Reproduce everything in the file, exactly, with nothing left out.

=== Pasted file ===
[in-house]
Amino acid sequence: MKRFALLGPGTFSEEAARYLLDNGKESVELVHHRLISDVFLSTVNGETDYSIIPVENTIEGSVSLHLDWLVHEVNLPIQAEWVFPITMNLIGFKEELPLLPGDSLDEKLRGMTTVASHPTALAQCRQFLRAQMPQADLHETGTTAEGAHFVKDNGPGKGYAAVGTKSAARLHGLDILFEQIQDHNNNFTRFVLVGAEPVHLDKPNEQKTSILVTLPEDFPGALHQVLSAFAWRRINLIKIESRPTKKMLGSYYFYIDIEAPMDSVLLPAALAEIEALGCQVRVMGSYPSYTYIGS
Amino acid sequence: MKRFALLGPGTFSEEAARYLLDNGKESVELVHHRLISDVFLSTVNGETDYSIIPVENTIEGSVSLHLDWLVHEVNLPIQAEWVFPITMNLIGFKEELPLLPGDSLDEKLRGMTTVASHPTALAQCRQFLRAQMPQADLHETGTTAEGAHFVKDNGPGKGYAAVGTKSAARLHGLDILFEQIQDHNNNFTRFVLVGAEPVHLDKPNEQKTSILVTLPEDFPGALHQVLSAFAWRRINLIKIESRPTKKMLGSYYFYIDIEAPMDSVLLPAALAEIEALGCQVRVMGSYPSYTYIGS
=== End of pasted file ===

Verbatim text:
[in-house]
Amino acid sequence: MKRFALLGPGTFSEEAARYLLDNGKESVELVHHRLISDVFLSTVNGETDYSIIPVENTIEGSVSLHLDWLVHEVNLPIQAEWVFPITMNLIGFKEELPLLPGDSLDEKLRGMTTVASHPTALAQCRQFLRAQMPQADLHETGTTAEGAHFVKDNGPGKGYAAVGTKSAARLHGLDILFEQIQDHNNNFTRFVLVGAEPVHLDKPNEQKTSILVTLPEDFPGALHQVLSAFAWRRINLIKIESRPTKKMLGSYYFYIDIEAPMDSVLLPAALAEIEALGCQVRVMGSYPSYTYIGS
Amino acid sequence: MKRFALLGPGTFSEEAARYLLDNGKESVELVHHRLISDVFLSTVNGETDYSIIPVENTIEGSVSLHLDWLVHEVNLPIQAEWVFPITMNLIGFKEELPLLPGDSLDEKLRGMTTVASHPTALAQCRQFLRAQMPQADLHETGTTAEGAHFVKDNGPGKGYAAVGTKSAARLHGLDILFEQIQDHNNNFTRFVLVGAEPVHLDKPNEQKTSILVTLPEDFPGALHQVLSAFAWRRINLIKIESRPTKKMLGSYYFYIDIEAPMDSVLLPAALAEIEALGCQVRVMGSYPSYTYIGS